What Are We Really Celebrating on Hanukkah?

 

By Dr. Michael Laitman

Hanukkah is a holiday when Jews celebrate their victory over the Seleucid Empire, which attempted to entrench the Hellenistic culture and belief system among the Jews in the land of Israel. This is the narrative we all know. But is this what really happened? For the most part, it was actually Jews against Jews. In truth, we celebrate the victory of a civil war between the Hasmonean family and their adherents against Hellenistic Jews. The Seleucids, who practiced and promoted the Greek culture of Hellenism, joined the war only toward its end.

The war among the Jews stands for much more than a struggle for power; it is a clash of ideals, of perceptions of reality. Judah Maccabee, the third son in the Hasmonean family, was the commander of the rebels against the Hellenists, but his whole family participated in key positions. The Hasmoneans were staunch believers in the ancient Jewish tenet of solidarity and mutual responsibility being the foundation of the nation. They believed that it was the role of the Jews to practice “Love your neighbor as yourself” and be “a light unto nations” by setting an example of unity above differences. Contrary to that, the Hellenists championed the Greek culture of worship of the self. The Hellenists put the ego at the center; the Hasmoneans put serving the community at the center of their wishes.

The struggle was not an internal Jewish squabble, but a fight over the vocation of the Jewish people—to save the world through its example of solidarity and mutual responsibility. If the Jews relinquish their commitment to unity, then what is the purpose of the existence of Judaism altogether? The Hasmoneans believed wholeheartedly in the prophecy of Isaiah (42:6), “And I will appoint you as a covenant to the people, as a light unto nations,” and the words of King Solomon (Prov. 10:12), “Hate stirs strife, and love will cover all crimes.” They saw it as their vocation to illustrate how to unite above hatred. The Hellenists, who tried to ingrain the opposite approach, that the ego is king and we should serve ourselves, were therefore their worst enemies. The Hasmoneans did not expect the Seleucids to adopt their faith and principles, but they would also not allow their culture to be overrun by the Greek culture, since then there would be no one to perpetuate the mission that the Jews were given at the foot of Mt. Sinai, to unite “as one man with one heart” and thus become “a light unto nations.”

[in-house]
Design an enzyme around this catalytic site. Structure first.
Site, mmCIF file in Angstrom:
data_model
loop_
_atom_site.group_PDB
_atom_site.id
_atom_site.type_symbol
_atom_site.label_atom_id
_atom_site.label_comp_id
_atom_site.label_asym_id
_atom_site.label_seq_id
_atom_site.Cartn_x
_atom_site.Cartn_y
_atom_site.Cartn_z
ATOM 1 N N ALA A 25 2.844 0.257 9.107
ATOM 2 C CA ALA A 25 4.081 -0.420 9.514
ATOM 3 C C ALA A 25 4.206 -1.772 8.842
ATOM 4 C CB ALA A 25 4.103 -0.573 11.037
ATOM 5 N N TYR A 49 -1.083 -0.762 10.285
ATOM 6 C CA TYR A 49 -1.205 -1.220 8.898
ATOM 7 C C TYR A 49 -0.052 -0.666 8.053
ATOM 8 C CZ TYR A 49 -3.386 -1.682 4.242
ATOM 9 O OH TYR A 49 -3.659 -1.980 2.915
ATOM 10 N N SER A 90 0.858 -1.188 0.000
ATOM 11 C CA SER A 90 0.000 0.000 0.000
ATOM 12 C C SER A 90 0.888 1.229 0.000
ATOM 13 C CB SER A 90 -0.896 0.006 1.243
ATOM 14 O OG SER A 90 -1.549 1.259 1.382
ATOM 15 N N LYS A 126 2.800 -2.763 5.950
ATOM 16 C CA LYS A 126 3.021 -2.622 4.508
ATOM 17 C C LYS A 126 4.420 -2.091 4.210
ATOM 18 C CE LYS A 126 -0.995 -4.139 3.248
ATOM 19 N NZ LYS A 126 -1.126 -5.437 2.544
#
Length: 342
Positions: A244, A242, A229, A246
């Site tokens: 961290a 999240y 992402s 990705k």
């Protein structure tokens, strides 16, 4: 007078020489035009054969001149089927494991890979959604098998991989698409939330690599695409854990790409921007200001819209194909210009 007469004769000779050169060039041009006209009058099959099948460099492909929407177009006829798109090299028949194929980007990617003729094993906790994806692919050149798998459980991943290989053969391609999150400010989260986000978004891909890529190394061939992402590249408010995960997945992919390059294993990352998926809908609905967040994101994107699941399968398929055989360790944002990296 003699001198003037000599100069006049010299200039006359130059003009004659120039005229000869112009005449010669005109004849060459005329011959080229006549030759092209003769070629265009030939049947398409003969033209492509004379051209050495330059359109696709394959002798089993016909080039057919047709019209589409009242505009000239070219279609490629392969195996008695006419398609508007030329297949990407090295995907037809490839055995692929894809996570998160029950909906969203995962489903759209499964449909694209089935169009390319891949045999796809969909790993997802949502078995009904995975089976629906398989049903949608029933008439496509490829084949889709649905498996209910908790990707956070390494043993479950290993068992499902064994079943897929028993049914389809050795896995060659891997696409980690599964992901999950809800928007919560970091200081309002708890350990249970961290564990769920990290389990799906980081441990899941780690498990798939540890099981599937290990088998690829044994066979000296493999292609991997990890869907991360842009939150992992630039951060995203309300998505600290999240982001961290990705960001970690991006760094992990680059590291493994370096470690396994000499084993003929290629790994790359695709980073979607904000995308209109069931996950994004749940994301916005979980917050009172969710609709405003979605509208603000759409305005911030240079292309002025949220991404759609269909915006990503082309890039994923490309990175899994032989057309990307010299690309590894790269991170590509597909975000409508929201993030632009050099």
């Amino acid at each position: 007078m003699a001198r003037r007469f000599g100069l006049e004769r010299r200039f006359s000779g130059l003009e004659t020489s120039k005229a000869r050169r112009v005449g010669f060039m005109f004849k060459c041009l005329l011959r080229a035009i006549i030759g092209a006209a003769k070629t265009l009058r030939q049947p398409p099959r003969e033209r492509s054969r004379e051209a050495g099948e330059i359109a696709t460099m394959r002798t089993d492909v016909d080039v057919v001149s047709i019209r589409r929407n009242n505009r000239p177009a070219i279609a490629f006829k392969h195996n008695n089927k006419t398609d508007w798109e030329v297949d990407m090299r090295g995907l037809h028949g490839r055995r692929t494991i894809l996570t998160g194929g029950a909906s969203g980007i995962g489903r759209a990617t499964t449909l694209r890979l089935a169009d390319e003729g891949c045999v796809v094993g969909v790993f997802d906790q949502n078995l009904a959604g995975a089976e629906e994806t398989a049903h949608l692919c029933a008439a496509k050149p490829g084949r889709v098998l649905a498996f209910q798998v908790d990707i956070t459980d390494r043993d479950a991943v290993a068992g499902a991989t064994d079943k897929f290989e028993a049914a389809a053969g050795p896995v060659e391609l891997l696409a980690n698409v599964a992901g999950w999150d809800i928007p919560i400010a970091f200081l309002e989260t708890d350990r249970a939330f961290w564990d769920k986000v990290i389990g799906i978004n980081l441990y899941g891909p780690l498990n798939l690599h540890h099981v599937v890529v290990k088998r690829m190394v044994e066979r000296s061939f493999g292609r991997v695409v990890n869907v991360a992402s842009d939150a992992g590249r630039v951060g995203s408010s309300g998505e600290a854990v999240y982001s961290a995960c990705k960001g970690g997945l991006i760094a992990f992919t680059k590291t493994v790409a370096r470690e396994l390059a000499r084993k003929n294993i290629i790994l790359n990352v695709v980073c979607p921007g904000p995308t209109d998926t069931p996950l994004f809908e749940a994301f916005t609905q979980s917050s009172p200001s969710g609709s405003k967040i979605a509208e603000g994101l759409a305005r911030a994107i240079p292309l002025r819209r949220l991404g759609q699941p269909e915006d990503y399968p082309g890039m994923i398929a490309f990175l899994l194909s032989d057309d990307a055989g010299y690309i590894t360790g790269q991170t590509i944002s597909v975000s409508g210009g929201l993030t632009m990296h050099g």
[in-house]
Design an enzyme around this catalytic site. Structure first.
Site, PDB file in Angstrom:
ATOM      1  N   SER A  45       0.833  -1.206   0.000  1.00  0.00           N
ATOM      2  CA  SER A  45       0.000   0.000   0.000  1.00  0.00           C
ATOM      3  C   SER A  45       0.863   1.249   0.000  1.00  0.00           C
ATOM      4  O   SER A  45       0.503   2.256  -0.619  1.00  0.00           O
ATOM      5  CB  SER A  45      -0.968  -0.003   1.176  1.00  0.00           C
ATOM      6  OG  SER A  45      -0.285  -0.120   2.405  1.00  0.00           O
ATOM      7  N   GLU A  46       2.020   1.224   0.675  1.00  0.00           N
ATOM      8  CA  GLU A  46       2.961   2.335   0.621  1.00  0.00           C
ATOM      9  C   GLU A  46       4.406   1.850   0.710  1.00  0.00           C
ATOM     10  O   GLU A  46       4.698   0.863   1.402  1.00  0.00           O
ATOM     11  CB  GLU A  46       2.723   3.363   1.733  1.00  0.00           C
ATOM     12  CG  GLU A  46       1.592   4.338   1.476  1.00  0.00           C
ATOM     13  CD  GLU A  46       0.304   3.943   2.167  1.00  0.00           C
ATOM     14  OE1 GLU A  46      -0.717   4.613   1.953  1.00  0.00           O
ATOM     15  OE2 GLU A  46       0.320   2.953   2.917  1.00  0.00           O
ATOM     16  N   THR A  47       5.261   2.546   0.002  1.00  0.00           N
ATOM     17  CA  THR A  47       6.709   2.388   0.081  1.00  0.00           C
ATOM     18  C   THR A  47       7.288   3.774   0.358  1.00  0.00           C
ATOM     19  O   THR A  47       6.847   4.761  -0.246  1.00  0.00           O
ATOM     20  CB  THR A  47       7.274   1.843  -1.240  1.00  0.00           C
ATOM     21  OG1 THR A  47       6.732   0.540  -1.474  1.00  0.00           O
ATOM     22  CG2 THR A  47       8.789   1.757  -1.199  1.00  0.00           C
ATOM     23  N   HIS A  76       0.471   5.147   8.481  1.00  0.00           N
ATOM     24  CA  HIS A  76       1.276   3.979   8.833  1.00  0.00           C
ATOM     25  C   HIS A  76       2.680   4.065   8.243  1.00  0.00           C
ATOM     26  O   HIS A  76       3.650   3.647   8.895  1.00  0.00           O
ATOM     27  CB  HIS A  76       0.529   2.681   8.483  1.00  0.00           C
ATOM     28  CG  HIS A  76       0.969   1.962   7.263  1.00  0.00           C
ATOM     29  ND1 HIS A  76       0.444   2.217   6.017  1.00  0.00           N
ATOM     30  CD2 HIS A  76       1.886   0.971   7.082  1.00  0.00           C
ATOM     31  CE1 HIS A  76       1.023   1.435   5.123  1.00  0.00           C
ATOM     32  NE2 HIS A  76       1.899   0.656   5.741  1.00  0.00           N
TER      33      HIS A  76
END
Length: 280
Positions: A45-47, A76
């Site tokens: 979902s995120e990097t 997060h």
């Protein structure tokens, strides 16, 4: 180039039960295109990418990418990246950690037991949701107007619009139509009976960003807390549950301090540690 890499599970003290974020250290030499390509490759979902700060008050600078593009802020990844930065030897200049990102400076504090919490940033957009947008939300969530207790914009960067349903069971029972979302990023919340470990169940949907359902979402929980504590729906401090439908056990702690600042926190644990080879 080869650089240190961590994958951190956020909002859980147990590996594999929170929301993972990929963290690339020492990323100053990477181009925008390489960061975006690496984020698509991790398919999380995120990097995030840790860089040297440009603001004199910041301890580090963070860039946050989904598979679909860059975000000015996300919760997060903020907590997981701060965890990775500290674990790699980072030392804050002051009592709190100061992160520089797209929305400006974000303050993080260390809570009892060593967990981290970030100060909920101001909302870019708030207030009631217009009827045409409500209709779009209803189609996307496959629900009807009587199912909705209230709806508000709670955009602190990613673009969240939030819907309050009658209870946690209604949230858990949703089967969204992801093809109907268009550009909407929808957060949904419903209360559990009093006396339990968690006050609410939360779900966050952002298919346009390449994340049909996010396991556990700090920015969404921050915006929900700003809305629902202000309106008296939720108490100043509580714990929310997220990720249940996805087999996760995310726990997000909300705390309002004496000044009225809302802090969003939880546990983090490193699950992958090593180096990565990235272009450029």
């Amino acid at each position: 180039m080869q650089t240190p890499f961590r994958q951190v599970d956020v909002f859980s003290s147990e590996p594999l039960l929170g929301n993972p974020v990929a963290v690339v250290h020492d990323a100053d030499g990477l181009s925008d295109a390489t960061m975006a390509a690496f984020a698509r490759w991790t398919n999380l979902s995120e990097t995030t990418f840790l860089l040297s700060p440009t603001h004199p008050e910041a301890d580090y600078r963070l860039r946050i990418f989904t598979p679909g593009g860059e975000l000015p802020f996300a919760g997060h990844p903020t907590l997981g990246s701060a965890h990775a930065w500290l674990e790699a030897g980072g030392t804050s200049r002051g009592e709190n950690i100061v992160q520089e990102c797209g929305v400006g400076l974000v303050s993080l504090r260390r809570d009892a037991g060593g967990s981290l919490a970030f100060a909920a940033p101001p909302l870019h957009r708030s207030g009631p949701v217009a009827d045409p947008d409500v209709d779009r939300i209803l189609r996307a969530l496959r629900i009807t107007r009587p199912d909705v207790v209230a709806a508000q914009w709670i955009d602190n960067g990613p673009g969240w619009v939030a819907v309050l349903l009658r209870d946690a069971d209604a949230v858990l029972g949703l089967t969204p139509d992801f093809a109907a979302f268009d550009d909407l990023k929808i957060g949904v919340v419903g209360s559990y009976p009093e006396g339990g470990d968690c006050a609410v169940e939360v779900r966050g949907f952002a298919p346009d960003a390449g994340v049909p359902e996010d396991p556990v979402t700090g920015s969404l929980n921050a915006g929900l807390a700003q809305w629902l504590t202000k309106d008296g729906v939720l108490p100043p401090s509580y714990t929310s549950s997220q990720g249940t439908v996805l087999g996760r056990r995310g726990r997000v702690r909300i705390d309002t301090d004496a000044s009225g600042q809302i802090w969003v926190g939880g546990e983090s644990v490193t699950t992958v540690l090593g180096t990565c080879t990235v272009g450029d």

The Hasmoneans won the war and reinstalled their culture, and to this day, we celebrate their victory. However, their victory was short-lived. Hellenism, they learned, was not an external enemy, but a wily serpent lurking within. Soon after their victory, they, too, began to lose their moral standing and their descendants became increasingly corrupt.

In the end, the Hellenistic culture took over the entire land of Israel as the Romans, whose culture derived from the Greeks, conquered the land and exiled the Jews for two millennia. In fact, even today, although Jews are purportedly the sovereign in Israel once more, the culture of the land is Hellenism and there is no mutual responsibility or solidarity. If we remain this way, we will lose the land once more since there is no need for us if we do not shine the light of unity to the nations.

Israel does not need the patronage of any country. Its strength lies not in its army or economy, but in its unity. If it lacks unity, the backing of powers will sustain it only for so long. But if the people unite, they will not need anyone’s protection since they will have no enemies.

Today, no commodity is more required than unity, yet no commodity is more scarce. Its sole producers are the people of Israel, and they are busy fighting among themselves both in Israel and around the world. As the world looks desperately for solutions to its escalating conflicts, it will turn to the Jews and ask, “Why are you making us fight?” Then, if the Jews do not remember their covenant, to be a light unto nations, they will be crushed once more. But if they do unite, they will shine their light throughout the world, and all of humanity will celebrate the victory of solidarity over egoism.

 

Dr. Michael Laitman is a global thinker, a prolific author who has published over 40 books on a variety of topics including world affairs, economics, education, antisemitism, and Kabbalah.

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